It’s back-to-school season. For many children and teens, this is an exciting time of year mixed with some stress. For students who are predisposed to an eating disorder, back-to-school can become a trigger.
Causes of Eating Disorders
Eating disorders are complex illnesses with many causes that researchers are only starting to understand. Genetics, environment, and stressful life experiences have been identified as risk factors. Here are some back-to-school triggers that may contribute to the development of an eating disorder.
The pressure to succeed at school and earn good grades may cause a great amount of stress. It can become too much to handle without effective coping mechanisms. Unfortunately, some adolescents turn to unhealthy behaviors to help them cope. This can include eating disorder behaviors like restricting food intake, bingeing on large amounts of food, exercising compulsively, cutting entire food groups out of their diet, or obsessively counting calories.
Peer Pressure and Comparison
Another potential trigger for eating disorders is comparing yourself to your peers and feeling “less than.” This could be a direct comparison of one’s body and weight, or it could be something else like grades, friends, or popularity. Either way, the individual may start trying to achieve an “ideal” appearance to compensate for the perceived inadequacy.
Sports and Athletic Activities
Sports are great for getting more physical activity and building a community of peers. However, they can also lead individuals to over-exercise and/or restrict food in an effort to boost athletic performance. Some activities especially encourage a low body weight, such as dancing and cross country running.
Additionally, athletes need to adjust their diet to help them perform their best. If students are not educated about proper nutrition, they may accidentally lose weight and develop nutritional deficiencies even while eating a normal diet. When this occurs in women and girls, it is known as female athlete triad syndrome.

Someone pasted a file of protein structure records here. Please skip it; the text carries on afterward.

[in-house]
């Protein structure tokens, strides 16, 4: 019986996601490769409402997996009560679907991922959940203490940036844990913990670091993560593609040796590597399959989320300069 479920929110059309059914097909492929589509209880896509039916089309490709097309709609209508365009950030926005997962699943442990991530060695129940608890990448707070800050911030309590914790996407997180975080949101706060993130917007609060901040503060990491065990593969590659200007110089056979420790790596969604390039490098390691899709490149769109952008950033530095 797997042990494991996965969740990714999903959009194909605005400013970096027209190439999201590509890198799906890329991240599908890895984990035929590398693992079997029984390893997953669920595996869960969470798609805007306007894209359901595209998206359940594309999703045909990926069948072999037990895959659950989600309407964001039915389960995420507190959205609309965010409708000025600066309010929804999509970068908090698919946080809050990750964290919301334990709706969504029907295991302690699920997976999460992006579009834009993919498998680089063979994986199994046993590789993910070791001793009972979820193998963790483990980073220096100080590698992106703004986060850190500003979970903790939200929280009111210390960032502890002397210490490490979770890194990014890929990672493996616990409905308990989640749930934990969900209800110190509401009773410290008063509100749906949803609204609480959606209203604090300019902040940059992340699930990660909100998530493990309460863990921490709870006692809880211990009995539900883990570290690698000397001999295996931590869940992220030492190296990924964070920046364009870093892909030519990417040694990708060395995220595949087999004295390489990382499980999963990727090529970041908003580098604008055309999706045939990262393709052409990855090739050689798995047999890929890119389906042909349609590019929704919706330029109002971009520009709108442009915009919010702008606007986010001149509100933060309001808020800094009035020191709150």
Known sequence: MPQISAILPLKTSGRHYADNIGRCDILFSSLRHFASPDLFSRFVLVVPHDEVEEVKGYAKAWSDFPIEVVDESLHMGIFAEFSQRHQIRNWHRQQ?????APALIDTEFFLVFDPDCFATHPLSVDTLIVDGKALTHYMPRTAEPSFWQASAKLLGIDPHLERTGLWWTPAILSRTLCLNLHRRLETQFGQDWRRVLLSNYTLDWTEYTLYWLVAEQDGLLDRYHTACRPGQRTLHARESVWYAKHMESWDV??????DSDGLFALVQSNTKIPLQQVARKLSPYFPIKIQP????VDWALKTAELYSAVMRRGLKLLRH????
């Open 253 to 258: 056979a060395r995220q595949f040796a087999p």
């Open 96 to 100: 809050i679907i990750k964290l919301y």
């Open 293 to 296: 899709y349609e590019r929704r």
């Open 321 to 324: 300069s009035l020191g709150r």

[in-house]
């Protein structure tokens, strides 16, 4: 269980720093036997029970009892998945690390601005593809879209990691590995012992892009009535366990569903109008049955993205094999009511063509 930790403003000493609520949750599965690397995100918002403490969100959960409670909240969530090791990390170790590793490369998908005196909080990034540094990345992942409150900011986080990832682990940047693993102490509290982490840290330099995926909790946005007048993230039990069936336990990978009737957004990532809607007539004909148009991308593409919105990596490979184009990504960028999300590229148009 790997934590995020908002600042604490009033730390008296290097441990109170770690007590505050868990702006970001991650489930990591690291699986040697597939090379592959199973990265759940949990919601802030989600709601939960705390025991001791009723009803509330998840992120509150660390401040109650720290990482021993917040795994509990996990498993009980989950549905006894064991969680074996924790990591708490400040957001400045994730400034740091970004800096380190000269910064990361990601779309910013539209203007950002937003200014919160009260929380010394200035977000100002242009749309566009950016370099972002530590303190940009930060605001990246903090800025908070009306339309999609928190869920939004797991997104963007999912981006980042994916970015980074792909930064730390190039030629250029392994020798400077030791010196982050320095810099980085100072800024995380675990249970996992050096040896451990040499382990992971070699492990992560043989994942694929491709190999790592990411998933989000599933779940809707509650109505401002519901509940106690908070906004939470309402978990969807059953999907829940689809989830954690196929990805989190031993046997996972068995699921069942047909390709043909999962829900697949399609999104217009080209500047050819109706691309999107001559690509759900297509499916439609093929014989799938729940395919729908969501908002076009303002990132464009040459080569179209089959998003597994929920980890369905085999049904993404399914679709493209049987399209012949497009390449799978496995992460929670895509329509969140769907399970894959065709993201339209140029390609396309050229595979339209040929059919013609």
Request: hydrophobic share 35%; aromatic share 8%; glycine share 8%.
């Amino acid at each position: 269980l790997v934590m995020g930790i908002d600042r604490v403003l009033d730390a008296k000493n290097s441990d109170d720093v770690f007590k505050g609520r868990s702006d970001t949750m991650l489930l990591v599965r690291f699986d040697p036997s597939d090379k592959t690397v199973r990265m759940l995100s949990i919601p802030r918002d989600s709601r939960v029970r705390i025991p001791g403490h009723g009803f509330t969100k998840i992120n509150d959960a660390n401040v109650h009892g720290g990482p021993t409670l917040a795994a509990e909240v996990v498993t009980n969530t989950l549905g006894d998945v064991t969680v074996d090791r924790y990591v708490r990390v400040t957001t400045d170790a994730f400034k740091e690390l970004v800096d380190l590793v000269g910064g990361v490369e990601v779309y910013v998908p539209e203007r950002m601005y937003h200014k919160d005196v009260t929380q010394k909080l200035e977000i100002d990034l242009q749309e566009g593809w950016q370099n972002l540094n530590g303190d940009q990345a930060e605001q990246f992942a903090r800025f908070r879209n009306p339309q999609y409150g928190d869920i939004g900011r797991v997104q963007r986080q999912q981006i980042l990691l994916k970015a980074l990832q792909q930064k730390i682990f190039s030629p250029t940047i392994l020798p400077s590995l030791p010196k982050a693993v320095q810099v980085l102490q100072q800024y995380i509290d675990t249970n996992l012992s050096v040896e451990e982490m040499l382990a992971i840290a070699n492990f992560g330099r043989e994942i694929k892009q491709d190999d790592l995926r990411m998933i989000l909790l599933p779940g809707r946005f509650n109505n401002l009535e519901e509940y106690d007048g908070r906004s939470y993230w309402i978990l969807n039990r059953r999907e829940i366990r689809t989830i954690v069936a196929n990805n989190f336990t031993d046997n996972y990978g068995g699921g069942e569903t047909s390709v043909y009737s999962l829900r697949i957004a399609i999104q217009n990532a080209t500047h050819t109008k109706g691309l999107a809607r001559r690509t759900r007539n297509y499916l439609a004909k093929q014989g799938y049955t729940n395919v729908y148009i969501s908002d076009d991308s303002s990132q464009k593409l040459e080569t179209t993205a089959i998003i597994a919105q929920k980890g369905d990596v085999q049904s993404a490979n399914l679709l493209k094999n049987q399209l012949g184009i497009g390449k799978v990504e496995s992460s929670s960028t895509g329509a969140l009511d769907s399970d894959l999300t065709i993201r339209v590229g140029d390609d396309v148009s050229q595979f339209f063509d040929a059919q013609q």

While not specific to school, puberty is a potential trigger for an eating disorder. The social environment of school can amplify a child’s concerns over their changing appearance. They may compare themselves to their peers and try to change their bodies to “fit in.”
For example, an adolescent boy may look at some of his peers who have grown tall and muscular, and start to compulsively lift weights so he can achieve the same body type. A young girl may compare herself to other girls who appear thinner, and then restrict food to attain a similar appearance.
Symptoms of Eating Disorders in Children and Teens
Many children go through the middle and high school years without any significant health issues. But be aware that eating disorders often develop in adolescence. Here are some signs to watch out for.
- Skipping meals
- Eating very little at meals
- Counting and measuring things like calories, fat, protein, etc.
- Refusing to eat certain foods or food groups (i.e. carbs or fat)
- Going on a diet, especially fad diets
- Saying they don’t feel hungry
Bingeing and Purging Behaviors
- Eating a large amount of food in one sitting
- Never eating at home or in front of others
- Stealing or hoarding food
- Vomiting after eating
- Misusing laxatives
- Making trips to the bathroom after eating
- Exercising to “burn off” calories, or despite injury or illness
- Fasting or going on diets
- Obsessing over food, weight, and appearance
- Frequently commenting on their weight or saying they feel “fat”
- Feeling guilty, depressed, or disgusted with themselves after eating
- Displaying anxiety about food and eating
- Having fears about eating in public or in front of others
- Withdrawing from family and friends
- Experiencing mood swings
Is Your Child Struggling?
Do you recognize some of these symptoms in your child? Find out if it could be an eating disorder by taking the Seeds of Hope eating disorder quiz:
If you would like to speak to a professional about your child’s symptoms, call our treatment specialists at (610) 644-6464.